Session Type: Abstract Submissions (ACR)
Background/Purpose: Psoriatic arthritis (PsA) affects between 10-30% of patients with psoriasis (PsO), but is often missed when assessed in a dermatology clinic. The Center of Excellence for Psoriasis and Psoriatic Arthritis (CEPPA) is a specialized multidisciplinary clinic consisting of expert dermatologists and rheumatologists experienced in diagnosing PsO as well as PsA. We wanted to identify simple clinical questions and findings on physical examination for dermatologists to screen PsO patients for PsA so as to refer appropriate patients to rheumatology.
Methods: This is a cross-sectional study of all PsO patients seen by dermatologists in the CEPPA clinic since its inception in 2006 through 2010. Possibility of PsA was assessed by four screening questions: “Do you have a history of joint pain or swelling,” “Do you have morning stiffness,” “Have you ever had x-rays taken”,” and “Do you have PsA”. Since nail involvement is known to predict development of PsA, assessment of nail changes was included as a physical finding for screening. Quality of life (QoL) measures were assessed with validated instruments (SF12, PQOL12 and RAPID3).
Results: Of 524 patients assessed in dermatology, 237 were referred to rheumatology, 34 were lost to follow up, 203 were evaluated and 128 (24.4%) were found to have PsA. Of those who answered ‘no’ to all the four screening questions 95.3 % did not have PsA. However, of those fulfilling all five parameters, including the four screening questions plus nail changes, 88.9 % had PsA. Table shows the sensitivity, specificity, PPV and NPV for screening questions and nail changes individually and in combination. The median age (48 years) and smoking history (in 20%) was not significantly different in patients with and without PsA. The median body mass index (BMI) and PsO body surface area (BSA) were significantly higher in patients with PsA than those without [31.5(IQR 11) vs 28.6 (IQR 8) and 10% (IQR 15) vs 7% (IQR 12), respectively, p <0.01]. PsA patients were more likely to have nail changes (OR 12.4, 95% CI: 5.9 – 26.5, P < 0.01). Onset of PsO occurred 10 years earlier in patients with a family history of PsO than those without (median age 25 vs 38, p <0.01). Six percent of patients developed PsA before, 8% with and 86% after the onset of PsO. Ninety percent were diagnosed with PsA within 25 years of PsO onset. Mean delay in PsA diagnosis from onset of joint pain was 1 year. Compared to PsO patients, patients with PsA had significantly worse QoL scores (P < 0.01). Percent of BSA involvement with PsO did not correlate with any clinical variables.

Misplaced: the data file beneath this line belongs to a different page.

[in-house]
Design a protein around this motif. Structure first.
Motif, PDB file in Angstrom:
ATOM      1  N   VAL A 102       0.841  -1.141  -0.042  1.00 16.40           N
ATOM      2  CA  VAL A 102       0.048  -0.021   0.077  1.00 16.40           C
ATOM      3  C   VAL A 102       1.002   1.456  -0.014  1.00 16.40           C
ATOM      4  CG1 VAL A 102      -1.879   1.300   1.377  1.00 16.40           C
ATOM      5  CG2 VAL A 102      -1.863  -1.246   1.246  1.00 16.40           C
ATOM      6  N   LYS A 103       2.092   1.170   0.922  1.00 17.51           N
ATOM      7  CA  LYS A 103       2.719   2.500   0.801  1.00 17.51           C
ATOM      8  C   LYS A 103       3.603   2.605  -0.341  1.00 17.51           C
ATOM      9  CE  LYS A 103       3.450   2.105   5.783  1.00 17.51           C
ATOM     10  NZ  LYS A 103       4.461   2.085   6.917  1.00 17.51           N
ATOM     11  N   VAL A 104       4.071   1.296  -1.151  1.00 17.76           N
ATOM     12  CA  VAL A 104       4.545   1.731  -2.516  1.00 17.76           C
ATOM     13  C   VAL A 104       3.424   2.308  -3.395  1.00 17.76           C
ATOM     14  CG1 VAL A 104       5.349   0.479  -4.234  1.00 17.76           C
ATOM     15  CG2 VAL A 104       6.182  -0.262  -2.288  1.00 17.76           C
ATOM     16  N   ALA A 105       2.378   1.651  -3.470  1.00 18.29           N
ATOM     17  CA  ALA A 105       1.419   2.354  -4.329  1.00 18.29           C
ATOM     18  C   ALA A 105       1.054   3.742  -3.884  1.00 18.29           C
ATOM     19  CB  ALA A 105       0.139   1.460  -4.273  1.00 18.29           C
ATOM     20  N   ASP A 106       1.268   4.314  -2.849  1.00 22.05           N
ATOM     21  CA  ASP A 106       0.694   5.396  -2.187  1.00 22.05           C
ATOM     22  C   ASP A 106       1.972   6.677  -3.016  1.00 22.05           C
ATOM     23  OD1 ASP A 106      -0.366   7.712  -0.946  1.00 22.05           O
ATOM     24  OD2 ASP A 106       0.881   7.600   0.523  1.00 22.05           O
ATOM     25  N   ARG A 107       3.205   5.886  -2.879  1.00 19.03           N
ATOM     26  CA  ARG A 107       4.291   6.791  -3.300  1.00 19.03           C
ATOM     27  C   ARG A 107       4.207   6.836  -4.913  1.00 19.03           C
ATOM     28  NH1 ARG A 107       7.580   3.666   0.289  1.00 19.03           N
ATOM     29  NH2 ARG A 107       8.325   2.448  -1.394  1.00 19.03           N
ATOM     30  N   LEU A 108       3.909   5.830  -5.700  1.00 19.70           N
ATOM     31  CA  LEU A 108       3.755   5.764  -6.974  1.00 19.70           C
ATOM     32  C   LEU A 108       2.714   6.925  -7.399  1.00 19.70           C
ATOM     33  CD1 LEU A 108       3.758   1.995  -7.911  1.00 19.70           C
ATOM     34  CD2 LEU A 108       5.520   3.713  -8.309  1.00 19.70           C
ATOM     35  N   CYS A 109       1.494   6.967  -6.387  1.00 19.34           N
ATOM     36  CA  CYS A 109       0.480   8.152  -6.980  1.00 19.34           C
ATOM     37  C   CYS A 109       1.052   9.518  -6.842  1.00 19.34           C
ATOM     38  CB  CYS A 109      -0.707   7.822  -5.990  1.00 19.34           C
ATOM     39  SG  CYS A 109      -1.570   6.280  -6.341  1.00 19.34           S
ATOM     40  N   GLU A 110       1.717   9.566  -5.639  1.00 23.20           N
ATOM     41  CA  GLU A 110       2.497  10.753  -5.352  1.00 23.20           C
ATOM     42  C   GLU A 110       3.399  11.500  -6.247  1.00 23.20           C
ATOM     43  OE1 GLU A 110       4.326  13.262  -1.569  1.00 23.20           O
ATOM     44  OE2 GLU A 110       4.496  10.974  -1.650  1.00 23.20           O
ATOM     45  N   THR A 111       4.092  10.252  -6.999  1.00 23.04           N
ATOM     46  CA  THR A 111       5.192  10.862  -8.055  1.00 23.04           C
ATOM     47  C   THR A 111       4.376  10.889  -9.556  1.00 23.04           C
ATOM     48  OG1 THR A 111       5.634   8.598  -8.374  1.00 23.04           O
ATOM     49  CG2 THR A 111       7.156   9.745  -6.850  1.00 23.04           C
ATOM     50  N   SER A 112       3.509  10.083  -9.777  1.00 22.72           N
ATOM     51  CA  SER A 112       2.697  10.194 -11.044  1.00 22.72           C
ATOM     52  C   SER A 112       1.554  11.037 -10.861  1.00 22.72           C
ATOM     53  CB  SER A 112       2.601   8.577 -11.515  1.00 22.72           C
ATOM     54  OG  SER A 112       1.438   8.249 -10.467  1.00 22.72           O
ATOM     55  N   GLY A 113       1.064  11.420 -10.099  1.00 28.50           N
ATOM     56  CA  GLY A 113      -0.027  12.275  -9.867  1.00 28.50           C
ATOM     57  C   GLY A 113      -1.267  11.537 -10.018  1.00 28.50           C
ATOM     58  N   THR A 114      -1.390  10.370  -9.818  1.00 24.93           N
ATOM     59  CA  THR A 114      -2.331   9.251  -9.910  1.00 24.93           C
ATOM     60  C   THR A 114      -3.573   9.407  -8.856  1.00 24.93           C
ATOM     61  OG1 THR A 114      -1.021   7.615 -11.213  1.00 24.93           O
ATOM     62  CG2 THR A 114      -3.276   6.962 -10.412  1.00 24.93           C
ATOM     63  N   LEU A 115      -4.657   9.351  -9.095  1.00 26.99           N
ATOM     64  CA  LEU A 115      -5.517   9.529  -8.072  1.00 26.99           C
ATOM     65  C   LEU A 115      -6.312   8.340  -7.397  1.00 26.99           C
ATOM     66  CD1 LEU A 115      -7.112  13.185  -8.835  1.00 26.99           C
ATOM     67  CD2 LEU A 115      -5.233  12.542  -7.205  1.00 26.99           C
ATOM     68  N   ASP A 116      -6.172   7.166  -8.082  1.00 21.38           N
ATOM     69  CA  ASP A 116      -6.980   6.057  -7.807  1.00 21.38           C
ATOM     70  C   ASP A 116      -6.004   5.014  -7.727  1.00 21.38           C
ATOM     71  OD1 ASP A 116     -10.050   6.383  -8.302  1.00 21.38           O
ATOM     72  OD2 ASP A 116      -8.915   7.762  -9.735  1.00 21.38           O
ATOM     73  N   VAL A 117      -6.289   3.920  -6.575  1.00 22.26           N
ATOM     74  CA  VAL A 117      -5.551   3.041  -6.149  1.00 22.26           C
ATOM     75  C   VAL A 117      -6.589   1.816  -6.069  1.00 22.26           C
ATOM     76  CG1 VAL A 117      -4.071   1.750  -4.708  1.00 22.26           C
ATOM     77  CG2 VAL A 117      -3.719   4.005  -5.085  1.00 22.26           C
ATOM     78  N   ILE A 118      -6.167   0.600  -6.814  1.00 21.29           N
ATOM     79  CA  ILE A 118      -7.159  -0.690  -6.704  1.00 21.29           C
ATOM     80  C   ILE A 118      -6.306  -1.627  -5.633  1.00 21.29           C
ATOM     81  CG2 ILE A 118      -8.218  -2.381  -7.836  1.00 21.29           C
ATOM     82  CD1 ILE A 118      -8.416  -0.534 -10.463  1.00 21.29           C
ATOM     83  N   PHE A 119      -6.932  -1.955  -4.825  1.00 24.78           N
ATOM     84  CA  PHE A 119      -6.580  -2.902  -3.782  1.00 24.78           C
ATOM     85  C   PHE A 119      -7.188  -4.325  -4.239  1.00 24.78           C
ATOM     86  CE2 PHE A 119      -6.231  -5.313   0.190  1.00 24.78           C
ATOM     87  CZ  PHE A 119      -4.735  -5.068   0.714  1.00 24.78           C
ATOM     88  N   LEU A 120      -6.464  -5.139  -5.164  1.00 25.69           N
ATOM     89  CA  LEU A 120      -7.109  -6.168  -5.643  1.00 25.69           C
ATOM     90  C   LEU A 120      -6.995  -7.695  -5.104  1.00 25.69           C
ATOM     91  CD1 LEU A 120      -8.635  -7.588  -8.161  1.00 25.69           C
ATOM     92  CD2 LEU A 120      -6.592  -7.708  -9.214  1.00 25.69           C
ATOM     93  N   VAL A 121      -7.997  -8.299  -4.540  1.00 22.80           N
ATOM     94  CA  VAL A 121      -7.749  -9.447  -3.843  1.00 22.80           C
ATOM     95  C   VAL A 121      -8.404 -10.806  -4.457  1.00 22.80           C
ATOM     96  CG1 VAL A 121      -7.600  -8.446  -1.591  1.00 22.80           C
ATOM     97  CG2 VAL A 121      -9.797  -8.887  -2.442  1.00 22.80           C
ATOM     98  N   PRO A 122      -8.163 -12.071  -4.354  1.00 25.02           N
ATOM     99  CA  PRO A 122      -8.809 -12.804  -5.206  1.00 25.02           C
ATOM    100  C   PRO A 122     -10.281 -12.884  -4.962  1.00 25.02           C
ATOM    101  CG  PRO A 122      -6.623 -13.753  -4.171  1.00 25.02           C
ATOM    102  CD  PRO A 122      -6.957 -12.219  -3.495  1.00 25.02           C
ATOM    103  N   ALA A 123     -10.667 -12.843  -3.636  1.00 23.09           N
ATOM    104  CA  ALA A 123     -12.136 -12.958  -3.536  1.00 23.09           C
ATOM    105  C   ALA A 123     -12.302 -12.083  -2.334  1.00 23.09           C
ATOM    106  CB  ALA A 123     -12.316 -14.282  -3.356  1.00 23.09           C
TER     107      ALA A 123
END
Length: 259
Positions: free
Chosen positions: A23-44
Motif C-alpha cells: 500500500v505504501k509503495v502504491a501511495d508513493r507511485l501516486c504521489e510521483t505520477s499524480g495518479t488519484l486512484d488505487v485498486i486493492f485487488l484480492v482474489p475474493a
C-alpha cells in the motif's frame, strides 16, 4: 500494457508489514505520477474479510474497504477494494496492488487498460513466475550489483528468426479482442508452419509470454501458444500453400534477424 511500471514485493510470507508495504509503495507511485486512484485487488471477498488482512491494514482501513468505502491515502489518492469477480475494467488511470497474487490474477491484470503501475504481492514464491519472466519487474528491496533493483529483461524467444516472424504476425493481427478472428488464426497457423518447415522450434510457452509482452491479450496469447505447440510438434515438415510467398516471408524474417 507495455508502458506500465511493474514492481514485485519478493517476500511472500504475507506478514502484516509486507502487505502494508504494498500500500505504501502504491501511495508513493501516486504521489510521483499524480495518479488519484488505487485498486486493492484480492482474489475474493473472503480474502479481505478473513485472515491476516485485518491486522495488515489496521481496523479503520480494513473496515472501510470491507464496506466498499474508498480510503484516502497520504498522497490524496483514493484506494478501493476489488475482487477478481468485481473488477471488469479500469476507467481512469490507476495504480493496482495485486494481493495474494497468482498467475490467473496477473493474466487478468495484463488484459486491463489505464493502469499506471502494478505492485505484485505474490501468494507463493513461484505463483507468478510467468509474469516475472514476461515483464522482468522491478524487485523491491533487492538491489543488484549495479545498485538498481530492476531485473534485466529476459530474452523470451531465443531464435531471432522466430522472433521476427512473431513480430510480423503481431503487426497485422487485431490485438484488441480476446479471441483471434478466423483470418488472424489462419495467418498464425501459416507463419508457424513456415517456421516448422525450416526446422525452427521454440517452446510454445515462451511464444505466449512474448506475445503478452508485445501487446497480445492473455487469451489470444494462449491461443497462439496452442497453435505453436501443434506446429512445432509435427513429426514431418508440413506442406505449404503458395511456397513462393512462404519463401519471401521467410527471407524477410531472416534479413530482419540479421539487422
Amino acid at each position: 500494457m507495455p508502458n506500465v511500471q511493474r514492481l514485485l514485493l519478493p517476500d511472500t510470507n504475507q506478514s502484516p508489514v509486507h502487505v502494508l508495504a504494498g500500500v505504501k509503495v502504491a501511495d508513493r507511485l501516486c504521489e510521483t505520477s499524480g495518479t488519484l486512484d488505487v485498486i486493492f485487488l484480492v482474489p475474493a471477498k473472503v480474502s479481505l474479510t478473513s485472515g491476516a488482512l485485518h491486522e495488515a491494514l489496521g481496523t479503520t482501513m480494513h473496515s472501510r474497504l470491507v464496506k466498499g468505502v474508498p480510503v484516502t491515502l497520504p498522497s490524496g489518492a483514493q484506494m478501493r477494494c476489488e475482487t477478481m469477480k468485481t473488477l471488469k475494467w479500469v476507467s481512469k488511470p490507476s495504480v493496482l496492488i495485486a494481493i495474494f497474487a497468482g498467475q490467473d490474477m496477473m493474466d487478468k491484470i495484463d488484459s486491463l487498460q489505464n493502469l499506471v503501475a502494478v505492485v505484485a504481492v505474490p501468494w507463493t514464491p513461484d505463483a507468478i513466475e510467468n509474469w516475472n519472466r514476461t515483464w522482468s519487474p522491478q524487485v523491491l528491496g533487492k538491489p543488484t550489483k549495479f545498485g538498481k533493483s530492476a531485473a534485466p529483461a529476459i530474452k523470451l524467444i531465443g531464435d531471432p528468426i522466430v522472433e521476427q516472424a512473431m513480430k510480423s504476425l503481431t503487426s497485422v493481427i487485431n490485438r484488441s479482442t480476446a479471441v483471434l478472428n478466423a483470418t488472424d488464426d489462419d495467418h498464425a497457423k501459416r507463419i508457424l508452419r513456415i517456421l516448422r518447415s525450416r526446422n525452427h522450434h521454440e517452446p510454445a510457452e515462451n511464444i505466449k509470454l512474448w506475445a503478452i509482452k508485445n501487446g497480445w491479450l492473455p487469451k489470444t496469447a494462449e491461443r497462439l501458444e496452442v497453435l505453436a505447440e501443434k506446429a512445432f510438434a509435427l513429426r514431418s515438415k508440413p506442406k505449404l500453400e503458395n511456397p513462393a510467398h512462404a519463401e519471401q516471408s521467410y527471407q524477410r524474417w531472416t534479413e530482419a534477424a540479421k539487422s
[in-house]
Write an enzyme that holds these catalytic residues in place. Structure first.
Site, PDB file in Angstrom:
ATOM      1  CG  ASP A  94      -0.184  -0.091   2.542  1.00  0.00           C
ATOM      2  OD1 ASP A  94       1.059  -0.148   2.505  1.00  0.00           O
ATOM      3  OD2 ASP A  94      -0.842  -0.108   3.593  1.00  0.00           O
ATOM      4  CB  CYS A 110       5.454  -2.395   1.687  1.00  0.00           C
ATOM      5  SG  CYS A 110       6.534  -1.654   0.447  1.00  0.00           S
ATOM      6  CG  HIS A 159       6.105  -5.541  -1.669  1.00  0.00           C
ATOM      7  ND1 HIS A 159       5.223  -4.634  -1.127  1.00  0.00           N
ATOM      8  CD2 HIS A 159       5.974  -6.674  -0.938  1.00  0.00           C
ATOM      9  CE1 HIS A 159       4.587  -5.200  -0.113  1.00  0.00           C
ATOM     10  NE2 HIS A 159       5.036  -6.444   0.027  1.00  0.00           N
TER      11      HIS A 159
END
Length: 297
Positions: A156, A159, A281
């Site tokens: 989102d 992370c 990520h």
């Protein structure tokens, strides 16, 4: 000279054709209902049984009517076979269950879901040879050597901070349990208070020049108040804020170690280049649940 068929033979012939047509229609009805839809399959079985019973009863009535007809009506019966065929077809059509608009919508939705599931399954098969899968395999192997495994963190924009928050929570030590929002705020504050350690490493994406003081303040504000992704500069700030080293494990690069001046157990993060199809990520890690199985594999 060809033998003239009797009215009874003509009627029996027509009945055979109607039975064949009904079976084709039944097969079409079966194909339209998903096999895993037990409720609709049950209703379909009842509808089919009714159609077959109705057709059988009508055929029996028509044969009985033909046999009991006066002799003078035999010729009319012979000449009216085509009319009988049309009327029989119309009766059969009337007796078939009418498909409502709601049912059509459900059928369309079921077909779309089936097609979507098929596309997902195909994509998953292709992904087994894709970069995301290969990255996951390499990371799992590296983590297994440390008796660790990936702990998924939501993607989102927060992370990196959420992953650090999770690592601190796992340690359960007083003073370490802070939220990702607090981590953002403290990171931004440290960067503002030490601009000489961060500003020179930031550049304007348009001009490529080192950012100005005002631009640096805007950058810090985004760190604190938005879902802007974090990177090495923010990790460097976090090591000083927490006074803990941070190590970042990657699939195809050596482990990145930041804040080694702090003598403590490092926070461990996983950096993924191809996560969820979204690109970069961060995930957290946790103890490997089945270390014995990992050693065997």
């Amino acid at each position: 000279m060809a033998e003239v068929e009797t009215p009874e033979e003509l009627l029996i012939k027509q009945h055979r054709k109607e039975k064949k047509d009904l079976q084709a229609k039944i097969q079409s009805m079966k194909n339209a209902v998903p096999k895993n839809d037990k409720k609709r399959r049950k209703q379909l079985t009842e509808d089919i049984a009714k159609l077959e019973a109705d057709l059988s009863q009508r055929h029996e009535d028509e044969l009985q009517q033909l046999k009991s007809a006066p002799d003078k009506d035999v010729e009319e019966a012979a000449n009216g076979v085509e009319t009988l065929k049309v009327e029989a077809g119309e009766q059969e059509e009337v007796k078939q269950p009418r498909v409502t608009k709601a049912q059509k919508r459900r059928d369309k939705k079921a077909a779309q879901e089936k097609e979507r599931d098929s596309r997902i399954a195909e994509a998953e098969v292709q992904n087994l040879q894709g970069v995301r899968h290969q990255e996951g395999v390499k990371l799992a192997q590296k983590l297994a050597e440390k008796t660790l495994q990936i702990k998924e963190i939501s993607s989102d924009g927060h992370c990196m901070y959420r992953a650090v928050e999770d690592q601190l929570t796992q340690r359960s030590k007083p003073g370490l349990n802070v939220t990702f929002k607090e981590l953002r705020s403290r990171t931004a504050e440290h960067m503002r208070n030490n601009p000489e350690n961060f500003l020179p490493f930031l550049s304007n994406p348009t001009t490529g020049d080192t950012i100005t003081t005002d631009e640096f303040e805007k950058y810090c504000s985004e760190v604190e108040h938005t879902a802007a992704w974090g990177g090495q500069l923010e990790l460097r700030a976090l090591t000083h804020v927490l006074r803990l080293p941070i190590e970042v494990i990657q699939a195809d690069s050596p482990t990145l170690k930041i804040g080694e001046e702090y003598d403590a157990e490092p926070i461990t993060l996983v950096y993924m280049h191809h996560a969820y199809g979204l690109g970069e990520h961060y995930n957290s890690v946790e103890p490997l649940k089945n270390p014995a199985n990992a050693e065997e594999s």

Conclusion: In this large cohort of PsO patients, the prevalence of PsA was 24.4%. PsA patients had significantly worse QoL than those with PsO alone. A negative response to all four screening questions correctly ruled out the diagnosis of PsA in 95.3% of patients. Positive response to all four screening questions with PsO nail changes led to a correct diagnosis of PsA in 89% of patients.
|Do you have joint pain or swelling||88.7||54.7||41.8||93|
|Do you have morning stiffness||88.5||51||39.3||92.6|
|Do you have psoriatic arthritis||68.1||86.6||64.8||88.2|
|Have you ever had x-rays taken||56.6||73.2||43.2||82.4|
|Have you ever had x-rays taken||85.4||68.1||70.7||83.8|
|All five of the above||22.4||95.9||88.9||46.1|
A. A. Deodhar,
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ACR Meeting Abstracts - https://acrabstracts.org/abstract/simple-questions-in-the-dermatology-office-may-reasonably-exclude-but-do-not-reliably-identify-psoriatic-arthritis-patients-results-from-the-center-of-excellence-for-psoriasis-and-psoriatic-arthriti/